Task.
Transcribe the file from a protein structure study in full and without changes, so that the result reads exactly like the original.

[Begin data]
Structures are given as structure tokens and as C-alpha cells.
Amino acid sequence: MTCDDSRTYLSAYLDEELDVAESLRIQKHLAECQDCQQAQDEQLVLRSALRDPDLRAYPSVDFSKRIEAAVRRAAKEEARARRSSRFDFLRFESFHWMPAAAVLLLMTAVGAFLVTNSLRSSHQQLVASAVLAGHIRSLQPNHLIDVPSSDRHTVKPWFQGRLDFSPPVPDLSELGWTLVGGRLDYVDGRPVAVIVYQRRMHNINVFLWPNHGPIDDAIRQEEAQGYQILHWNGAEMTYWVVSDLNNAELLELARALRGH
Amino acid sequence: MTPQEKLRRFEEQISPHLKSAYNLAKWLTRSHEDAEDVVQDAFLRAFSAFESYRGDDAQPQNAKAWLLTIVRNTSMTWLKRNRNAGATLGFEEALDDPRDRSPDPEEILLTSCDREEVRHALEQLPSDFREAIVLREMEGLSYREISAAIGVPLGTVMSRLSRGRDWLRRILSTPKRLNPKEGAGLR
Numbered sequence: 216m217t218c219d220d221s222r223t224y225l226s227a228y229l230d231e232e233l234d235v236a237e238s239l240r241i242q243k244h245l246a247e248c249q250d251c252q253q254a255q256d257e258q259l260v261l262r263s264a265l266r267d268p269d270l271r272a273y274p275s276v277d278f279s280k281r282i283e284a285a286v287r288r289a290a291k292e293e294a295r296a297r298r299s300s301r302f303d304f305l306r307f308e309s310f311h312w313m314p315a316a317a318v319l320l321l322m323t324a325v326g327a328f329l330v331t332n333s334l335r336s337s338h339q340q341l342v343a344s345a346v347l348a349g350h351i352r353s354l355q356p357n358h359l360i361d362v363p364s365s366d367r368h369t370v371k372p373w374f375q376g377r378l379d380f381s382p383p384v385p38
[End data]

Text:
Structures are given as structure tokens and as C-alpha cells.
Amino acid sequence: MTCDDSRTYLSAYLDEELDVAESLRIQKHLAECQDCQQAQDEQLVLRSALRDPDLRAYPSVDFSKRIEAAVRRAAKEEARARRSSRFDFLRFESFHWMPAAAVLLLMTAVGAFLVTNSLRSSHQQLVASAVLAGHIRSLQPNHLIDVPSSDRHTVKPWFQGRLDFSPPVPDLSELGWTLVGGRLDYVDGRPVAVIVYQRRMHNINVFLWPNHGPIDDAIRQEEAQGYQILHWNGAEMTYWVVSDLNNAELLELARALRGH
Amino acid sequence: MTPQEKLRRFEEQISPHLKSAYNLAKWLTRSHEDAEDVVQDAFLRAFSAFESYRGDDAQPQNAKAWLLTIVRNTSMTWLKRNRNAGATLGFEEALDDPRDRSPDPEEILLTSCDREEVRHALEQLPSDFREAIVLREMEGLSYREISAAIGVPLGTVMSRLSRGRDWLRRILSTPKRLNPKEGAGLR
Numbered sequence: 216m217t218c219d220d221s222r223t224y225l226s227a228y229l230d231e232e233l234d235v236a237e238s239l240r241i242q243k244h245l246a247e248c249q250d251c252q253q254a255q256d257e258q259l260v261l262r263s264a265l266r267d268p269d270l271r272a273y274p275s276v277d278f279s280k281r282i283e284a285a286v287r288r289a290a291k292e293e294a295r296a297r298r299s300s301r302f303d304f305l306r307f308e309s310f311h312w313m314p315a316a317a318v319l320l321l322m323t324a325v326g327a328f329l330v331t332n333s334l335r336s337s338h339q340q341l342v343a344s345a346v347l348a349g350h351i352r353s354l355q356p357n358h359l360i361d362v363p364s365s366d367r368h369t370v371k372p373w374f375q376g377r378l379d380f381s382p383p384v385p38